3 May 2022 6:54 AM GMT
The Islamabad High Court (IHC) in Pakistan has decided to live-stream its proceedings for the first time in the country's history. Notably, this significant development has a slight connection with Mumbai, an Indian city located 1,643 kilometres away. Barrister Ummar Ziauddin, who had petitioned the IHC for live streaming, has never visited Mumbai, but he has been exchanging...
The Islamabad High Court (IHC) in Pakistan has decided to live-stream its proceedings for the first time in the country's history. Notably, this significant development has a slight connection with Mumbai, an Indian city located 1,643 kilometres away.
Barrister Ummar Ziauddin, who had petitioned the IHC for live streaming, has never visited Mumbai, but he has been exchanging notes with Advocate Jamshed Mistry, a practising advocate at the Bombay High Court.
Their passion for contributing towards their respective justice delivery systems through technological intervention traverses beyond borders, religious and political conflicts that divide the two nations.
On April 23, 2022, nearly two years after Ziauddin filed his petition before a coordinate bench of the IHC, Chief Justice Athar Minallah took cognisance of the issue on the administrative side and constituted an e-committee of various stakeholders comprising High Court judges, bar associations and media.
Ziauddin says that the CJ watched the live streaming of court proceedings at the Gujarat High Court during the consultation stage. He added that his research included documents and orders of the Supreme Court of India and the rules on live streaming which were recently notified in Karnataka, which were shared with him by Mistry.
"Happy to share this with you that Islamabad HC has started in a staggered matter live streaming of certain matters. This is our YouTube channel. Congratulations to you sir and thank you for guiding me all along," Ziauddin said in a message to Mistry.
In 2018, the Supreme Court of India ruled in favour of live streaming cases of constitutional and national importance, barring streaming of those cases involving cases of sexual assault, matrimonial disputes and cases of sexual violence. But the rules for live streaming although finalised by the Supreme Court's e-committee in India, are yet to be implemented.
Meanwhile, a few High Courts have started live-streaming proceedings. Recently, the proceedings in the Hijab issue before a full bench of the Karnataka High Court were live-streamed after the state notified rules on the same.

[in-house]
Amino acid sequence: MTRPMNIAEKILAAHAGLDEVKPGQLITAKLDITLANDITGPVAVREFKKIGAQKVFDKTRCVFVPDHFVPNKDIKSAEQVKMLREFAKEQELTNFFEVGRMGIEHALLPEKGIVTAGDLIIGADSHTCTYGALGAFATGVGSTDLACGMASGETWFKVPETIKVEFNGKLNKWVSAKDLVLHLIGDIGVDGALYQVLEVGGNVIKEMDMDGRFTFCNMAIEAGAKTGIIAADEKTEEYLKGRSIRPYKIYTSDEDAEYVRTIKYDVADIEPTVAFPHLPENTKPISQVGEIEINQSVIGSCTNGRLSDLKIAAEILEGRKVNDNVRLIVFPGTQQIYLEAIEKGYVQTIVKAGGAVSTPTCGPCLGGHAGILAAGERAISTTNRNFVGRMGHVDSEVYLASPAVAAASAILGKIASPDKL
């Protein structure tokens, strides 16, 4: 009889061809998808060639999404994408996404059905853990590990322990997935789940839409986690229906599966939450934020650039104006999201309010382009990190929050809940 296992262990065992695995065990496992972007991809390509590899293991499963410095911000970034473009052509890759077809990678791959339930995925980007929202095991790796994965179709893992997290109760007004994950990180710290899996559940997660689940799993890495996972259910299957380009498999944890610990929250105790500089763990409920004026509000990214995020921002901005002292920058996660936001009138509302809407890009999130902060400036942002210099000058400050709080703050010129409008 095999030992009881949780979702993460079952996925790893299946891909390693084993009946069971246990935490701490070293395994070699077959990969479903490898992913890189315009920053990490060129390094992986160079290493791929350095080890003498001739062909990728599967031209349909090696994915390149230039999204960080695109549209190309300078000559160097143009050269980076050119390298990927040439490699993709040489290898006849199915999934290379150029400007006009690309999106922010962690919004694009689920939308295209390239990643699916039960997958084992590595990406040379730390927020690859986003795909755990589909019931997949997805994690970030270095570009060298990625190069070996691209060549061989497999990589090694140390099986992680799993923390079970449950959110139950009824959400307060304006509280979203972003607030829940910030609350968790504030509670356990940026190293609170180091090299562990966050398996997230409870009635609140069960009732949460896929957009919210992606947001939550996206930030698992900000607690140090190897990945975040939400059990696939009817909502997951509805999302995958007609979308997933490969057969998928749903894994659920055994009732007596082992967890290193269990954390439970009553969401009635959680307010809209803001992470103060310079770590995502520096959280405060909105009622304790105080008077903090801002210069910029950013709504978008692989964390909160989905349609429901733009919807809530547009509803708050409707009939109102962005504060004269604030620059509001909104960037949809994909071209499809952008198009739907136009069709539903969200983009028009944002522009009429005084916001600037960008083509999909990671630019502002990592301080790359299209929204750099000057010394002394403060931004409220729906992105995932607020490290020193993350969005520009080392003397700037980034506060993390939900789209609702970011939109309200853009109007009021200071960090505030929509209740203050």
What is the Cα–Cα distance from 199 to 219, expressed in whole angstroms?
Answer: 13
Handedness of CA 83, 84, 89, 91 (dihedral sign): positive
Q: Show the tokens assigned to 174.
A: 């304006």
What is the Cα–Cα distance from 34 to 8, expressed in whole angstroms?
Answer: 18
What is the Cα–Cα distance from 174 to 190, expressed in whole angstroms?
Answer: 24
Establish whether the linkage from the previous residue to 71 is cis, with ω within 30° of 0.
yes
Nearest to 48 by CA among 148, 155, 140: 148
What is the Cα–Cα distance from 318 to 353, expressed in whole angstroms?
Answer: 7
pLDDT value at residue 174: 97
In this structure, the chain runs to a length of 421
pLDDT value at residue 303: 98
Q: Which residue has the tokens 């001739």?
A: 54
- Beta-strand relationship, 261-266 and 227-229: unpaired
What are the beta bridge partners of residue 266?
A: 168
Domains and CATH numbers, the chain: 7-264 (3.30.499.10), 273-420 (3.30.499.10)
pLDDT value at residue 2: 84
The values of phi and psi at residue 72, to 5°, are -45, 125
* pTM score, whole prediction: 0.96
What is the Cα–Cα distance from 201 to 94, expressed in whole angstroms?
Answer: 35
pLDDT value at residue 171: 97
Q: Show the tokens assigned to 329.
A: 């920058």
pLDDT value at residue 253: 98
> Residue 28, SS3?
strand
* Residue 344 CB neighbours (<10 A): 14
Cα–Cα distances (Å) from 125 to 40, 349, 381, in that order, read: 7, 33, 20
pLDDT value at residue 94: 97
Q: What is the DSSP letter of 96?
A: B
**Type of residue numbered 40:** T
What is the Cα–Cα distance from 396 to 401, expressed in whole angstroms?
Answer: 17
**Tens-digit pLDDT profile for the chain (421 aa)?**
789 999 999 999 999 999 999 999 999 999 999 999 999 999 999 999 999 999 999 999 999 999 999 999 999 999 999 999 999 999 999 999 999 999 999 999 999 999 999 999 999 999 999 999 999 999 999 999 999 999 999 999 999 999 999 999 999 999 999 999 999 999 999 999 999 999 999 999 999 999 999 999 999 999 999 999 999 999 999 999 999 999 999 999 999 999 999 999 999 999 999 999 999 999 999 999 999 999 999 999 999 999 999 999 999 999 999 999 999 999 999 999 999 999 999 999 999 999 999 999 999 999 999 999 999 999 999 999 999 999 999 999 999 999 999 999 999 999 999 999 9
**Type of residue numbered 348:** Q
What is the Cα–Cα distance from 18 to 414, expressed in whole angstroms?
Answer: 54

Mistry's client was an intervenor in the Supreme Court proceedings and another petitioner before the Karnataka High Court for live streaming and legal transcriptions (a verbatim record of what was argued in court). Mistry says he was inspired to take up the issue during his visits to Canada as an associate member of the Bar there.
Ziauddin and Mistry were connected through Advocate Rafael Pareira, also based out of Mumbai. Pareira and barrister Ziauddin studied together at UC Berkeley.
"He (Mistry) walked me through whatever was going on in India," Ziauddin said.
According to Article 9 of the Constitution of the Islamic Republic of Pakistan, 1973, 'access to justice' has been recognized as one of the fundamental rights. This right includes the right to be treated according to law…" [PLD 2013 SC 501].
"That the right of access to justice goes hand in hand with the right to receive information, which is a separate, inalienable right of every citizen under Article 19A of the Constitution. No person can be heard to plead ignorance of the law, which creates a corresponding obligation upon the State to spread awareness and educate the public as to the periodic developments in the law, its applicability, and its interpretation by the courts of law."
Ziauddin also cited examples of transcriptions and live streaming in the High Court of Australia, United Kingdom, Brazil, Canada and China. He, therefore, sought a declaration that live streaming was in the public interest and access to court transcripts a fundamental right.
The advocate clarified that there were virtual hearings in Pakistan during the lockdown, but they were never live-streamed for the public.
Mistry recalls that several courts have fined litigants while dismissing their pleas for live streaming of court proceedings. However, he also talks about how seamlessly other countries engage in live transcription and streaming of proceedings.
Regarding legal transcripts, Mistry said he was pleasantly surprised to find them being a part of an order in the 1908 historic trial of Bal Gangadhar Tilak. The trial was conducted in Central Courtroom No 46 of the Bombay High Court wherein Tilak was represented by Advocate Muhammad Ali Jinnah, a rookie back then and five years away from joining the Muslim league.
The advocate says he went researching for the judgment, after reading Tilak's words inscribed on the pristine white marble plaque outside the courtroom, which read,
"In spite of the verdict of the Jury, I maintain that I am innocent. There are higher powers that rule the destiny of men and nations and it may be the will of providence that the cause which I represent may prosper more by my suffering than my remaining free."
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